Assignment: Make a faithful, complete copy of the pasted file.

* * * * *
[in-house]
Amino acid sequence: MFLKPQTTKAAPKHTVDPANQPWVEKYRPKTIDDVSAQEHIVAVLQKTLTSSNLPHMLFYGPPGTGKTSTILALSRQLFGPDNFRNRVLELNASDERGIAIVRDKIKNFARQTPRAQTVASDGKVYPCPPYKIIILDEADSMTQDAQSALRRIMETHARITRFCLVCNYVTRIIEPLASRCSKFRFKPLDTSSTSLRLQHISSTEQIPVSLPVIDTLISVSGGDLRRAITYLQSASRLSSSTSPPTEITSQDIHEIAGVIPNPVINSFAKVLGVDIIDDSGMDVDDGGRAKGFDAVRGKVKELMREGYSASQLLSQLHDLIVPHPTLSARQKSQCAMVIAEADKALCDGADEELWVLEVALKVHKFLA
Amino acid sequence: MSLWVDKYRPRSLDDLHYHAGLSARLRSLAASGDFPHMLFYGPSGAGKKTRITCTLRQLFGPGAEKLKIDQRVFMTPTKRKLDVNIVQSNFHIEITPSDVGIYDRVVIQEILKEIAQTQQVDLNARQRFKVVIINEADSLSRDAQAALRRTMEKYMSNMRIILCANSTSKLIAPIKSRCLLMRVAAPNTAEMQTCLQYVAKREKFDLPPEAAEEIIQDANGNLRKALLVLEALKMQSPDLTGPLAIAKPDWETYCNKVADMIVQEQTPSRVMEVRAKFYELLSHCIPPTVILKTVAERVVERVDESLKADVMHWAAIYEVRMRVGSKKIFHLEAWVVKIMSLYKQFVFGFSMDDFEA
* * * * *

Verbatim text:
[in-house]
Amino acid sequence: MFLKPQTTKAAPKHTVDPANQPWVEKYRPKTIDDVSAQEHIVAVLQKTLTSSNLPHMLFYGPPGTGKTSTILALSRQLFGPDNFRNRVLELNASDERGIAIVRDKIKNFARQTPRAQTVASDGKVYPCPPYKIIILDEADSMTQDAQSALRRIMETHARITRFCLVCNYVTRIIEPLASRCSKFRFKPLDTSSTSLRLQHISSTEQIPVSLPVIDTLISVSGGDLRRAITYLQSASRLSSSTSPPTEITSQDIHEIAGVIPNPVINSFAKVLGVDIIDDSGMDVDDGGRAKGFDAVRGKVKELMREGYSASQLLSQLHDLIVPHPTLSARQKSQCAMVIAEADKALCDGADEELWVLEVALKVHKFLA
Amino acid sequence: MSLWVDKYRPRSLDDLHYHAGLSARLRSLAASGDFPHMLFYGPSGAGKKTRITCTLRQLFGPGAEKLKIDQRVFMTPTKRKLDVNIVQSNFHIEITPSDVGIYDRVVIQEILKEIAQTQQVDLNARQRFKVVIINEADSLSRDAQAALRRTMEKYMSNMRIILCANSTSKLIAPIKSRCLLMRVAAPNTAEMQTCLQYVAKREKFDLPPEAAEEIIQDANGNLRKALLVLEALKMQSPDLTGPLAIAKPDWETYCNKVADMIVQEQTPSRVMEVRAKFYELLSHCIPPTVILKTVAERVVERVDESLKADVMHWAAIYEVRMRVGSKKIFHLEAWVVKIMSLYKQFVFGFSMDDFEA